Loss of jobs and salary cuts following the spread of COVID-19 have pushed many people into financial distress. Sheikh Sharif, a daily wage labourer, is one such person who has not been able to find work for the past few months and make ends meet. So he started to lift the bodies of COVID-19 victims from Gandhi Hospital, Musheerabad, to earn a livelihood.
The 21-year-old man lives with his family under a bus shelter a few feet away from Gandhi Hospital — which is the largest COVID isolation centre in the State. Despite rising number of COVID-19 cases, they continue to live there.
Sharif got married to Pallavi (around 22 years) over two years ago. The couple have a male child and they live along with three other families under the small bus shelter and footpath. When asked how and where they met, Sharif pointed to Musheerabad crossroads and said, “There.” After restrictions on entry into the government hospital were implemented from April first week, barricades were placed on one side of the road that runs alongside the bus shelter. Children from the family play on the road where vehicles do not ply now.
Sharif used to be part of a band troupe who played music at functions in the city. He and Pallavi worked at function halls too to earn money. After lockdown was implemented to contain coronavirus, the family lost their livelihood options. “People used to donate food during the complete lockdown. But no one does that now,” Pallavi said.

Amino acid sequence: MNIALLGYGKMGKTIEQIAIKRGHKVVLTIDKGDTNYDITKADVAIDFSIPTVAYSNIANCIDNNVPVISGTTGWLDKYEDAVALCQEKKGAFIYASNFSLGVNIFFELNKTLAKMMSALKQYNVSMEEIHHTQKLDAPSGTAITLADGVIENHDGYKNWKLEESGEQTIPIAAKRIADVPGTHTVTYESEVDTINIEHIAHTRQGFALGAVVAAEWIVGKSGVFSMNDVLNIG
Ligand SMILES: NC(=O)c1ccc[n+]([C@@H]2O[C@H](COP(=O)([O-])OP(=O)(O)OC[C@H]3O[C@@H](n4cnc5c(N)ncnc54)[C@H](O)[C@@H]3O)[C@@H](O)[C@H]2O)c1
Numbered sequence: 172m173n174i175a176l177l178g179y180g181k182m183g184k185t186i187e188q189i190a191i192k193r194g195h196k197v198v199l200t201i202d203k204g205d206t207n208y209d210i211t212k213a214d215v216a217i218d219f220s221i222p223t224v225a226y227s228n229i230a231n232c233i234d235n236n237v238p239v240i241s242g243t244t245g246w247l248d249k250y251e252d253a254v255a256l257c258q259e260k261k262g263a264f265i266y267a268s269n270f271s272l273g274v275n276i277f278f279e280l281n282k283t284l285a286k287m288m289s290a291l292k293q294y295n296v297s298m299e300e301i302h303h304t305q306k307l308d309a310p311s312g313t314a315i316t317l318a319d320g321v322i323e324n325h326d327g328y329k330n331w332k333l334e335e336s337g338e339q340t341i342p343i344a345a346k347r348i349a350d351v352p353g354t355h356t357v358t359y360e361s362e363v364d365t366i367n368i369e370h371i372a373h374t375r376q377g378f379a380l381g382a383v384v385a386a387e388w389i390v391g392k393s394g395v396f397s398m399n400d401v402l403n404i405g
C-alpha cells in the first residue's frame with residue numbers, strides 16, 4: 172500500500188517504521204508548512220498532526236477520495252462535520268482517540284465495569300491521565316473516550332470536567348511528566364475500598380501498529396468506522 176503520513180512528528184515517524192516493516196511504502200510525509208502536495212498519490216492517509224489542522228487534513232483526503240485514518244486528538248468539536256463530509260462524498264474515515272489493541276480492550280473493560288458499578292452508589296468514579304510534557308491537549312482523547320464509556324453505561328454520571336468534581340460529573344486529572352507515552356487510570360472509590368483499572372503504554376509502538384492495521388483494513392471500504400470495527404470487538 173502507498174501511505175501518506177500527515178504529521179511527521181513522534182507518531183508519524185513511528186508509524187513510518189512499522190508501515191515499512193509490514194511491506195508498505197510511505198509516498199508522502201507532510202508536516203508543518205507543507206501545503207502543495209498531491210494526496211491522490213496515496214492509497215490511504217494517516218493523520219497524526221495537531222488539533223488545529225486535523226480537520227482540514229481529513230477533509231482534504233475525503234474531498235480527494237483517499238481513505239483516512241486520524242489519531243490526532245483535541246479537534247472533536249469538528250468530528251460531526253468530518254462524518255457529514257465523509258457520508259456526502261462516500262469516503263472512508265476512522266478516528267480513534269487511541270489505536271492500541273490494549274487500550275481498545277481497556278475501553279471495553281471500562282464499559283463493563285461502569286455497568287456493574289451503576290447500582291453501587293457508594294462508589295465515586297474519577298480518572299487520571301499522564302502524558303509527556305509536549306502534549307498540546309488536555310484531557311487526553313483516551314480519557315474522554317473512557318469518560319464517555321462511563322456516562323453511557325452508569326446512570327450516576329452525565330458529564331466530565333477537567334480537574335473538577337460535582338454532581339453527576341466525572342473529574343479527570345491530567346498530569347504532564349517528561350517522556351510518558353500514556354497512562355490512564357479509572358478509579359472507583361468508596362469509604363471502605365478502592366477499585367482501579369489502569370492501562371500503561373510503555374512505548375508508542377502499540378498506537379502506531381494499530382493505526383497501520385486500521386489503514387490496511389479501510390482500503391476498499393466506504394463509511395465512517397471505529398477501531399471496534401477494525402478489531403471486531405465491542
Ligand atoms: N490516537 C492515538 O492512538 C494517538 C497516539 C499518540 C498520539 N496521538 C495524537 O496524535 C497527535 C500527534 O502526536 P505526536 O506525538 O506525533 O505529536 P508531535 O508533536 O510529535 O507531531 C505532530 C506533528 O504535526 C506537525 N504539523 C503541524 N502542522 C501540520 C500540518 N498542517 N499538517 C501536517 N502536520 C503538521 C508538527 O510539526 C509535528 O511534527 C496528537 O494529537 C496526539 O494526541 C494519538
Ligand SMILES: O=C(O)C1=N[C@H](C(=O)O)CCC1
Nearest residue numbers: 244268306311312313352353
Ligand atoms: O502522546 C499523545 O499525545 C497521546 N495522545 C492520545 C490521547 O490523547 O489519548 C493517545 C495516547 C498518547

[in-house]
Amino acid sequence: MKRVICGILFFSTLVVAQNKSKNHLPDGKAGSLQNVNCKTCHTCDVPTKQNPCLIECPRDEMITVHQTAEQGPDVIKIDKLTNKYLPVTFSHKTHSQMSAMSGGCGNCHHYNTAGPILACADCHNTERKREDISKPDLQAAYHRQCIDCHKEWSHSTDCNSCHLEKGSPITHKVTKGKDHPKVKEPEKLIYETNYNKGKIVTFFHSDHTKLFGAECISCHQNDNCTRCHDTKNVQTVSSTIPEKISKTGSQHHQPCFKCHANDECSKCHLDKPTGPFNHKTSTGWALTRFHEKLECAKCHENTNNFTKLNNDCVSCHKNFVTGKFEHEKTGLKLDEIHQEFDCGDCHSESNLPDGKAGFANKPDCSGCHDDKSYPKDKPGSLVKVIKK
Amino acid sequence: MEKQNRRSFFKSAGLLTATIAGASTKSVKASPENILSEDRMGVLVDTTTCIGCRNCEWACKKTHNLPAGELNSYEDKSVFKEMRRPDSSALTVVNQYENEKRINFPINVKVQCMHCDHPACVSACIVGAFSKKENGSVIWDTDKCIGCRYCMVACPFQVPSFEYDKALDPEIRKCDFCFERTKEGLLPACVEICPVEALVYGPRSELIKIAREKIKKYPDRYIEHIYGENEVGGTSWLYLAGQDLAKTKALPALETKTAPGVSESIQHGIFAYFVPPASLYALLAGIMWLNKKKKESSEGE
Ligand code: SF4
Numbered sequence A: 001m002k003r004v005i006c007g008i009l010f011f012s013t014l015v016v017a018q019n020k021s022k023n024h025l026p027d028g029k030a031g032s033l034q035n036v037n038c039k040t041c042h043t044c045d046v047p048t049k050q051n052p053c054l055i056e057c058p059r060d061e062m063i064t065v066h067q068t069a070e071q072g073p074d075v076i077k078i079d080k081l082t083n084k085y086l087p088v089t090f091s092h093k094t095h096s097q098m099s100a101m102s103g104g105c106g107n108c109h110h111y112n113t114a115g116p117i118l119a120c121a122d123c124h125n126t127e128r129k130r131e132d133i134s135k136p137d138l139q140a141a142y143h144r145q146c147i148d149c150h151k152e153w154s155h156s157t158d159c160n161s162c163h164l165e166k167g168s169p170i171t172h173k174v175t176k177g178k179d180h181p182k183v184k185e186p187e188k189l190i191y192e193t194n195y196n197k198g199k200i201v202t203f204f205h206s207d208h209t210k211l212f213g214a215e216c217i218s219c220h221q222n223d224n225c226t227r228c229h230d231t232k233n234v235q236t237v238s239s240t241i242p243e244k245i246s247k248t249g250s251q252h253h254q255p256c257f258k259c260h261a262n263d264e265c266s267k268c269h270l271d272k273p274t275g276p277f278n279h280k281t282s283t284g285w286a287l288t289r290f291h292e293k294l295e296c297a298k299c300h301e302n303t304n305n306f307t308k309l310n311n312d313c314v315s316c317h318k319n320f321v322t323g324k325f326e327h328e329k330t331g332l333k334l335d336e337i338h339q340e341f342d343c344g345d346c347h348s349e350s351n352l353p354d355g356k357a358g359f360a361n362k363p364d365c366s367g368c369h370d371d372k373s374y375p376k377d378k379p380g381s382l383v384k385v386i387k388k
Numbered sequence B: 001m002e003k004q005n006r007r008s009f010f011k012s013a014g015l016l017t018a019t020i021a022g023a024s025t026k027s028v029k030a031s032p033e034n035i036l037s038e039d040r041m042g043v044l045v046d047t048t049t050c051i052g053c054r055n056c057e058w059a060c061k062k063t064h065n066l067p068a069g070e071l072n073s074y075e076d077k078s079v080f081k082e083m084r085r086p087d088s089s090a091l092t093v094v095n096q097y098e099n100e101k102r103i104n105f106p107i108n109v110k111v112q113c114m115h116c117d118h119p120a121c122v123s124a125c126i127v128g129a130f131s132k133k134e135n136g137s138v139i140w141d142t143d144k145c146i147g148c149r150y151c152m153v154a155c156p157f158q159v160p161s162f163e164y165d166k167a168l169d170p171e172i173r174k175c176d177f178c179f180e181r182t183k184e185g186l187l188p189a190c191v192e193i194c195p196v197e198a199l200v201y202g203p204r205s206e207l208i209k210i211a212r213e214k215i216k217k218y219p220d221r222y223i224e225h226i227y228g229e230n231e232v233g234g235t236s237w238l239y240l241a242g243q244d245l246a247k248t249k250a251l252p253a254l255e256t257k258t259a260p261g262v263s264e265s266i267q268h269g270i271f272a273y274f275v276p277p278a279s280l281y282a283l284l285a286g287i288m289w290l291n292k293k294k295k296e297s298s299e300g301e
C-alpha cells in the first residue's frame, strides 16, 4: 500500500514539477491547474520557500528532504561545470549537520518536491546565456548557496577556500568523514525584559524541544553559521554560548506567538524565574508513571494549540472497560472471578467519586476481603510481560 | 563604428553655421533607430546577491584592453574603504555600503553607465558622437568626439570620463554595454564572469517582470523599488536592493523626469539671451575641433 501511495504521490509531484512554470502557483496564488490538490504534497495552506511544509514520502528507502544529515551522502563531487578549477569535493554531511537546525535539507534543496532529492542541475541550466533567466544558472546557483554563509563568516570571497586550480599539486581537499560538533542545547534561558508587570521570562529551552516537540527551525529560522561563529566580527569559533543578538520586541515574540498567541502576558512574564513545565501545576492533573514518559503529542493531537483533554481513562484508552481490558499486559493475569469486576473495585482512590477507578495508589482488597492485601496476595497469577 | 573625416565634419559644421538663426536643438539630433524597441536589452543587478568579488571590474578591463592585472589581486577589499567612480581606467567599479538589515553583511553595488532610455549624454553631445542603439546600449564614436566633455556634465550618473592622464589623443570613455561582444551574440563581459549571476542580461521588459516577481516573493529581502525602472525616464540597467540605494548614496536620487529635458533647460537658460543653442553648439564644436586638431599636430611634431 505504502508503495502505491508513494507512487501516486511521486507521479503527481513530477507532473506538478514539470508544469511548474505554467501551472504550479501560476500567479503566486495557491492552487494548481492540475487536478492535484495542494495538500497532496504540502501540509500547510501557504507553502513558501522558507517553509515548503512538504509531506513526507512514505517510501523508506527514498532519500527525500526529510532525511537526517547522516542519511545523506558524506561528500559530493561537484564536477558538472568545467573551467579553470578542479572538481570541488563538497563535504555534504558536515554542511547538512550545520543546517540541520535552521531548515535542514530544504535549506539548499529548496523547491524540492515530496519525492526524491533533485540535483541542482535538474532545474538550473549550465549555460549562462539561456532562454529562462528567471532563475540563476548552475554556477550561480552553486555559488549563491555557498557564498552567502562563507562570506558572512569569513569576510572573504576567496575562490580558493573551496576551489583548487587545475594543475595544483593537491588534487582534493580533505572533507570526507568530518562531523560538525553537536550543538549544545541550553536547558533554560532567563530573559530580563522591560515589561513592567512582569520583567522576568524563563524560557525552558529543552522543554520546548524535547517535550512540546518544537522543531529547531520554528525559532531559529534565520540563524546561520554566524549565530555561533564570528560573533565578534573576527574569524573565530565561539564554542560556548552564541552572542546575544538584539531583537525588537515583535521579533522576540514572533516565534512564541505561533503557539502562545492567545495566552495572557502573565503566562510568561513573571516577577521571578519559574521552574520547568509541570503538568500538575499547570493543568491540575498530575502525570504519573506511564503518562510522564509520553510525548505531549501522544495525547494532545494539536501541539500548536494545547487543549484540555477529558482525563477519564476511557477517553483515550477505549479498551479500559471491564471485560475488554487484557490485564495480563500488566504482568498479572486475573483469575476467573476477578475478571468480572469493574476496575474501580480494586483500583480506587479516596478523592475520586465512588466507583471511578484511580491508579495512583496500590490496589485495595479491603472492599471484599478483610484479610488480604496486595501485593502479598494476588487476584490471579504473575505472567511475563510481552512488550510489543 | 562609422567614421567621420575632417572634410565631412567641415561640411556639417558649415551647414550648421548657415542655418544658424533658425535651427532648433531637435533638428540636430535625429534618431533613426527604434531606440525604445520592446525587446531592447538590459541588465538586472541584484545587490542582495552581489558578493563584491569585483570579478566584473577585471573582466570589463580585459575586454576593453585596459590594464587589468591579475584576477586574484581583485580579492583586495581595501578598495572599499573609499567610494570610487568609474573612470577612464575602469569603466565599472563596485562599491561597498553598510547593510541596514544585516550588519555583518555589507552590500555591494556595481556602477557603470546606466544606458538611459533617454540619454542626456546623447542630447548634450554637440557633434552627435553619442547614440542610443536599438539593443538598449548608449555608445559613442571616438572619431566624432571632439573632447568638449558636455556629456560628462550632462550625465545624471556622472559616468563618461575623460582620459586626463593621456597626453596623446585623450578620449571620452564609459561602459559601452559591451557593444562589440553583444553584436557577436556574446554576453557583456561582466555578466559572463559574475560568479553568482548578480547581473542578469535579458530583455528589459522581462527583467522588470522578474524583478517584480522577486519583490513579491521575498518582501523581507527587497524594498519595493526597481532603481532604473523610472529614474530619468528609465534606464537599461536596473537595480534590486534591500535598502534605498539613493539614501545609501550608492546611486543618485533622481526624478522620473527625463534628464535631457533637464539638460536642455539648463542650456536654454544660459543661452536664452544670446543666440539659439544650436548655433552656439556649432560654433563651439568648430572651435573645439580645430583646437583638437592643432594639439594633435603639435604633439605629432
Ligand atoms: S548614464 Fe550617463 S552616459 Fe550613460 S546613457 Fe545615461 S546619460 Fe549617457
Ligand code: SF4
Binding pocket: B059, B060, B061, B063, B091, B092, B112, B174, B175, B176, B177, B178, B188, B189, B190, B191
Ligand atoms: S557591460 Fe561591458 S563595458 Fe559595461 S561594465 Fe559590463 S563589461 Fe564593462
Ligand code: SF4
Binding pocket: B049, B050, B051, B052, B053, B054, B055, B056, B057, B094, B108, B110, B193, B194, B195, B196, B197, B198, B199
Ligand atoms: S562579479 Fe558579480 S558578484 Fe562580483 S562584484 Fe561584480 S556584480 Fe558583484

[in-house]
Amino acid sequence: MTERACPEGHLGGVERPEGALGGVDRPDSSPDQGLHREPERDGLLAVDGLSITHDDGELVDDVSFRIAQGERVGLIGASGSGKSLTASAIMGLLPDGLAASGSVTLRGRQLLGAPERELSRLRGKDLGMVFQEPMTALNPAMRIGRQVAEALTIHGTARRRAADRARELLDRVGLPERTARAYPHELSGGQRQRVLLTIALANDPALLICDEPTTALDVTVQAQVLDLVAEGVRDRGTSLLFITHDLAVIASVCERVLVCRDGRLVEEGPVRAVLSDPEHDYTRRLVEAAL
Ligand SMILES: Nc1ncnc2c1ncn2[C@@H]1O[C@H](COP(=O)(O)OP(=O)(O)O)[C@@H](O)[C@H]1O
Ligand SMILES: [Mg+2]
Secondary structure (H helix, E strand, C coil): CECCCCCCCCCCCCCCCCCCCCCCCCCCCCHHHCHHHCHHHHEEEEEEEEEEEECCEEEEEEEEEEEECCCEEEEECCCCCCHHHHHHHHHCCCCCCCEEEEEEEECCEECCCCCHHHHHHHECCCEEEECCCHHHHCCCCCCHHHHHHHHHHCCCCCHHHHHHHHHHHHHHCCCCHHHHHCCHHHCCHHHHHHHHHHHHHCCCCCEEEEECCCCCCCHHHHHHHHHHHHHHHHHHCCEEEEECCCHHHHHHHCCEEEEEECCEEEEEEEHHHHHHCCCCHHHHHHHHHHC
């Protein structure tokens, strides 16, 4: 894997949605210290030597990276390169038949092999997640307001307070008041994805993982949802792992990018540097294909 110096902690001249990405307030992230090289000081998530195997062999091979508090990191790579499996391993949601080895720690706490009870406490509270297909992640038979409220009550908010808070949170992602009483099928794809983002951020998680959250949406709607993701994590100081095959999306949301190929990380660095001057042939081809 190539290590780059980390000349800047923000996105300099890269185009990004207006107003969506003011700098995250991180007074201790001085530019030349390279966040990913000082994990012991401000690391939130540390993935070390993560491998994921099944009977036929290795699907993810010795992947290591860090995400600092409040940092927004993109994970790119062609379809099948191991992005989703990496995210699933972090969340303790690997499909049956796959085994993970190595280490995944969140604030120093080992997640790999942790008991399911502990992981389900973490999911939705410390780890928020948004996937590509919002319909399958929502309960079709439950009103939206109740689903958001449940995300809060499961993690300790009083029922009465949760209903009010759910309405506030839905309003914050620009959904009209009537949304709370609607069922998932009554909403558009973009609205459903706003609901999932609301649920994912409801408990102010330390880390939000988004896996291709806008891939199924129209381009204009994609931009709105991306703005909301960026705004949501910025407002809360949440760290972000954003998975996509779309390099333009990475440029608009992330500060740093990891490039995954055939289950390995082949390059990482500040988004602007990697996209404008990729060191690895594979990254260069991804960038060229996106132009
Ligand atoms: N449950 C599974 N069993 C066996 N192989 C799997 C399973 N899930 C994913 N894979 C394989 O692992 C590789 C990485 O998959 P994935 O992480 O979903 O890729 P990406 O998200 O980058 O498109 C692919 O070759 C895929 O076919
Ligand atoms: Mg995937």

Paid ₹500 per body
Devoid of means to earn money, Sharif started to lift dead bodies from the mortuary. “We carry the bodies to the graveyard after taking all precautions such as wearing Personal Protective Equipment (PPE). We are paid around ₹500 per body. In a day, we lift two or three bodies,” he said.
Two more persons, Srikanth and Chintu, who live there lift bodies of the COVID-19 victims. While people now shudder to even stand for a few minutes anywhere near the hospital, these families have stayed put there even after the pandemic broke, and they are involved in the high-risk work. Some of them have been living there from over seven years.
When asked if any of them tested positive for coronavirus or showed symptoms of COVID-19, Srikanth says none fell sick in the past four months. “If not coronavirus, something else might claim our lives. We are not scared,” said Srikanth, sitting under the bus shelter. A woman who was trying to pacify her child sleeping in a makeshift hammock made out of saree tied to two ends of an advertisement board, listened intently to what he said.
Pallavi hopes that the State government would allots them a two-bedroom house which will put a roof over their heads. “It would be of great help to us,” she said.